In 2013, we set off to Lincoln to plant a ‘chav church’ on a deprived estate – to reach people like us, from backgrounds like ours.
I wasn’t prepared for the education I’d receive; less from the psychology degree I’d enrolled on, but more from the people I would meet and the feelings I would experience.
Within 18 months, I’d walked alongside many hurting people and had myself fallen to the mercy of a crippling anxiety disorder.
In all honesty, the world I’d very much hoped to help ‘fix’ had gotten inside my head and torn down my lofty ideas. I’d been faced with people and problems I didn’t understand, conflicts I had no wisdom to deal with, and trauma that no amount of earnest prayer seemed to heal.
You see, with poverty comes dysfunction and with dysfunction comes trauma. Low socio-economic backgrounds and mental-health disorders are inextricably linked, although it’s unclear of the direction of cause: do mental health disorders lead to poverty? It’s likely. Is poverty a cause of mental-health disorders? Most definitely.
Regardless of causative direction, that’s one big problem for a church trying to minister in a deprived community; and making up a large wedge of the mental health problems we regularly encounter, are personality disorders.
Personality disorders (PDs) are described on the NHS website as “conditions in which an individual differs significantly from an average person, in terms of how they think, perceive, feel or relate to others” and are estimated to affect around five per cent of the general population. As with most mental health problems, PDs are associated with socio-economic status, but unlike ‘affect disorders’ such as anxiety and depression, they aren’t caused by chemical imbalance or stress; instead, they’re often caused by abusive or neglectful childhoods.
They can’t be treated with medication and are often resistant to therapeutic intervention; there is no quick fix. Marsha Linehan, the Christian creator of dialectic behavioural therapy and former sufferer of borderline personality disorder (BPD), describes living with BPD as “walking around every day with emotional third-degree burns”.
Personality disorders cause many sufferers to engage in risky ‘numbing’ behaviours – such as abusing alcohol or drugs, self-harm and suicide attempts. Sadly, I suspect rates of disorders such as these are far higher in our community than official estimates suggest.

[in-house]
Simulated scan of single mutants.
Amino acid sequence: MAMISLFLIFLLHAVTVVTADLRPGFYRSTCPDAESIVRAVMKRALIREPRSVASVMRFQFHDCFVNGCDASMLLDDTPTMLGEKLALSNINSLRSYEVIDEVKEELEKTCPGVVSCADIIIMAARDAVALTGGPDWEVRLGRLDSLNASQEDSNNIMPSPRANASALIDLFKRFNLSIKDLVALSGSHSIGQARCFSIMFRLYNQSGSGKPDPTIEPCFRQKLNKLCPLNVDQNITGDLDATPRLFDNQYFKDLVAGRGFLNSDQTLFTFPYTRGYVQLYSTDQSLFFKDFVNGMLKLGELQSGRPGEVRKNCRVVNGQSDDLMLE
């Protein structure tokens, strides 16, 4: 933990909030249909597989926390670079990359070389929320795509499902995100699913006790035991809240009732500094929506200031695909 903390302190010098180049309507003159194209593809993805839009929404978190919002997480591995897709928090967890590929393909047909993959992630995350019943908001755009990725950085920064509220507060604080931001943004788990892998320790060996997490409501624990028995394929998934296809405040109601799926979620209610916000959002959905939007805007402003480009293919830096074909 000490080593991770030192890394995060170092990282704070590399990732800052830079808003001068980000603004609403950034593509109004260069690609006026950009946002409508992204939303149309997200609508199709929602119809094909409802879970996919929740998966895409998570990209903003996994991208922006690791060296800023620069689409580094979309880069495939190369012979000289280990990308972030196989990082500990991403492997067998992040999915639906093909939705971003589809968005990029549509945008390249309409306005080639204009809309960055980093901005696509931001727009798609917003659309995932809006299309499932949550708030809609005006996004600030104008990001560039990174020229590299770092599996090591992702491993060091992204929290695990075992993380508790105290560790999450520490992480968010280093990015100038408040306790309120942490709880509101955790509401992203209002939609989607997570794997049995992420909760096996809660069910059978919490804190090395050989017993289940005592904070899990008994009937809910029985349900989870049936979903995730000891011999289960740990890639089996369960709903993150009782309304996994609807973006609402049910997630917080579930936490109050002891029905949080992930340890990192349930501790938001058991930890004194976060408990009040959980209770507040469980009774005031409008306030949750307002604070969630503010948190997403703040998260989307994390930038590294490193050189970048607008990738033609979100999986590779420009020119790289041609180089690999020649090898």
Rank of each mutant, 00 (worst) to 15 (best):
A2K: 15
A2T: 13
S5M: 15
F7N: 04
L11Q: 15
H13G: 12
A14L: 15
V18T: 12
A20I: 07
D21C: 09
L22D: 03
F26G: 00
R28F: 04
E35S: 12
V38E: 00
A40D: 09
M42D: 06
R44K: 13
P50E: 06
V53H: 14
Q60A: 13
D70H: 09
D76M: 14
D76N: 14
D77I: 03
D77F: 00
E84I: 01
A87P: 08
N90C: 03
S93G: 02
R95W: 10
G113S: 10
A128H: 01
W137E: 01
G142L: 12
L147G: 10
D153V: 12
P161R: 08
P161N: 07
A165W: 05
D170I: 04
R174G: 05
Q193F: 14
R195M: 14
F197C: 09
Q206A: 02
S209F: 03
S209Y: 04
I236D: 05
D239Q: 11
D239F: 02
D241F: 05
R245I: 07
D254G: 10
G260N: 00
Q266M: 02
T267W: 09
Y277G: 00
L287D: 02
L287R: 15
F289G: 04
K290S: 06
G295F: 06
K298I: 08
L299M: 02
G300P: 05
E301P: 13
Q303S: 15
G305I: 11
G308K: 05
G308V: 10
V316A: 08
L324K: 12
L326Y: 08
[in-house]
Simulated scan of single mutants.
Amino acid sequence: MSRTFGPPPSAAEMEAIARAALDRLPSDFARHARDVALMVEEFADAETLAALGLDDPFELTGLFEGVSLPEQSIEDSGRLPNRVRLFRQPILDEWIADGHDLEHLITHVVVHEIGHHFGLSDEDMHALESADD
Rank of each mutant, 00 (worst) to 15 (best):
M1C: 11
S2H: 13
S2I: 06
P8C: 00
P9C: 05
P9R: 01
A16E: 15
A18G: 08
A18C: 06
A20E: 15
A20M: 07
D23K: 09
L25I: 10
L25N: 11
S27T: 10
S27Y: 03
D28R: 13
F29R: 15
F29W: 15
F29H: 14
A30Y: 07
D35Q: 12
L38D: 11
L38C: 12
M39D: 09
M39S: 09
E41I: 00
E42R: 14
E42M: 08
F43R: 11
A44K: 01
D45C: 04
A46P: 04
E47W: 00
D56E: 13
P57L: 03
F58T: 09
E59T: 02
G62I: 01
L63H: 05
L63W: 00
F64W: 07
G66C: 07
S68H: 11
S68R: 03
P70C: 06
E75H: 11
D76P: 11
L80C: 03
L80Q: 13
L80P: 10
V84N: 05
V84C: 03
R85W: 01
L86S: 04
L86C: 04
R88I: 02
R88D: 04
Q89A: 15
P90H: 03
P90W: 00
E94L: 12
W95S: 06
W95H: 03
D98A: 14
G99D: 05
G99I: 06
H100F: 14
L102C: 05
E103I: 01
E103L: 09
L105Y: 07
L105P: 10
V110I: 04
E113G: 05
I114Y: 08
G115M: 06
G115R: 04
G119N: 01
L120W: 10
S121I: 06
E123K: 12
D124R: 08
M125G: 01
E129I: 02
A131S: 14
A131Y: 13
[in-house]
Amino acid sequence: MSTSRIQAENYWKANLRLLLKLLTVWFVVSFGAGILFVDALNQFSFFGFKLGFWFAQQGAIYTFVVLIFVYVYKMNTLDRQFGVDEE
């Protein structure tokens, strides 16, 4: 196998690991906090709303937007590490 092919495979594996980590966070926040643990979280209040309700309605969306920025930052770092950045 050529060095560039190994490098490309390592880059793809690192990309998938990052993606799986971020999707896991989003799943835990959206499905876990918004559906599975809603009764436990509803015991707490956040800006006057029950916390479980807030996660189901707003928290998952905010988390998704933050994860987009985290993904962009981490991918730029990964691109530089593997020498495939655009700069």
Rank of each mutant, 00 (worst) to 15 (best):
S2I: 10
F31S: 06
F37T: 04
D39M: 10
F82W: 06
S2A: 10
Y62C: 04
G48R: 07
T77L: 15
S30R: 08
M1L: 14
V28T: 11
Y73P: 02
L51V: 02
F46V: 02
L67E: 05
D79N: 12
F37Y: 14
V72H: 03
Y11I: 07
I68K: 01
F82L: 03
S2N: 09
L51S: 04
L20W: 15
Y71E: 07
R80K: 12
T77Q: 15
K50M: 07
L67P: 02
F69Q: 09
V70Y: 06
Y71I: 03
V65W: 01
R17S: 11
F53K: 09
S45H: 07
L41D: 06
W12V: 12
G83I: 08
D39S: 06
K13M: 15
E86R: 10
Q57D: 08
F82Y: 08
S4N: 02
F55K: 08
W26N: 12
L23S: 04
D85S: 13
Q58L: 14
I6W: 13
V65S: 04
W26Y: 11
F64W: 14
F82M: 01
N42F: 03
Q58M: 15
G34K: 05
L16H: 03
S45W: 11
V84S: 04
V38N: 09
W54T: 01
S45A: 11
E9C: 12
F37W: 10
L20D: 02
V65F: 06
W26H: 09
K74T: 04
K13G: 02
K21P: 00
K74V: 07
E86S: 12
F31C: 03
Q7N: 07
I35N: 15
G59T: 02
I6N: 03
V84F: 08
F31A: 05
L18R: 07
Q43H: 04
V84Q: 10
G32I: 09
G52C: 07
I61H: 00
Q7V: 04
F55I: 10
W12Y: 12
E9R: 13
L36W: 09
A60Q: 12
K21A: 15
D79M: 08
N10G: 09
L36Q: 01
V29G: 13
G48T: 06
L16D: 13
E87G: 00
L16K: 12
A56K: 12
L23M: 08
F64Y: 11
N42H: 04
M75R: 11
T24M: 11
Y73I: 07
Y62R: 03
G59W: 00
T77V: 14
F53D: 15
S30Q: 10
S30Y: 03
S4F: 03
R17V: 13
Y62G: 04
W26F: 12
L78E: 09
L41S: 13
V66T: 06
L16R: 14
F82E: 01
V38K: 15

So what does this mean for our ministry? For a church like ours, there’s no easy answer – individuals suffering with personality disorders are often written off as reckless, disturbed individuals. They may behave as if they don’t want Jesus. They may attempt to divide your congregation and challenge your leadership. They may be singing your praises one day and writing a letter of complaint the next.
But often what those with PDs fear the most is abandonment and rejection, and paradoxically, their behaviour is often a twisted outpouring of this fear. Disorders such as these are often caused by years of rejection or abandonment, compounded by further rejection in adulthood when the individual ‘acts out’ – confirming their deeply held beliefs that they are ‘bad’ or ‘un-loveable’.
Therefore, I believe, the only antidote is unconditional love – the kind that Jesus models, but we, in practice, find difficult to replicate. For only when we experience the unconditional love of a Good Father can we truly accept ourselves as broken, but redeemable creations. For those of us who were lucky enough to receive this love from our earthly parents, a balanced self-perception and healthy relationships aren’t too difficult. For those who have never experienced it, the world is a scary place and every relationship represents a minefield of proving one’s worth and, ultimately, inevitable rejection.
I believe that the Church today has a responsibility to better understand the mental-health needs of their congregations, as well as those outside of it. The stigma and mislabeling of the mentally-ill in churches as ‘demon possessed’, has only served to compound the rejection and isolation experienced by these individuals.
For too long we have failed to commit to educating the body of Christ about the emotional barriers to spiritual reconciliation. If we can carry the physically lame to the well, we must also learn to carry the emotionally lame. We may not be equipped to place broken bones in casts or to provide psychological therapies to the anxious or depressed – but we must be equipped to recognise and understand emotional and psychological pain in the way we would physical pain.
So far, the greatest and most important thing I have learnt during my time ministering in our chav church is this: if we are to truly reach the lost – all of them, not just the easy ones – we need a far greater understanding of mental health problems; a far wider embrace of grace, and a commitment to forgive ‘seventy-times-seven’. Because despite their anti-social behaviour, those with PDs are desperate for someone to save them.
Let it be Jesus.
The Church at large let’s a lot of people slip through the net, due to a lack of psychological education and grace. Maybe even someone reading this has themselves slipped through the net. You may have once attended church, but felt unloved and unaccepted.
Let me tell you – Jesus loves you unconditionally.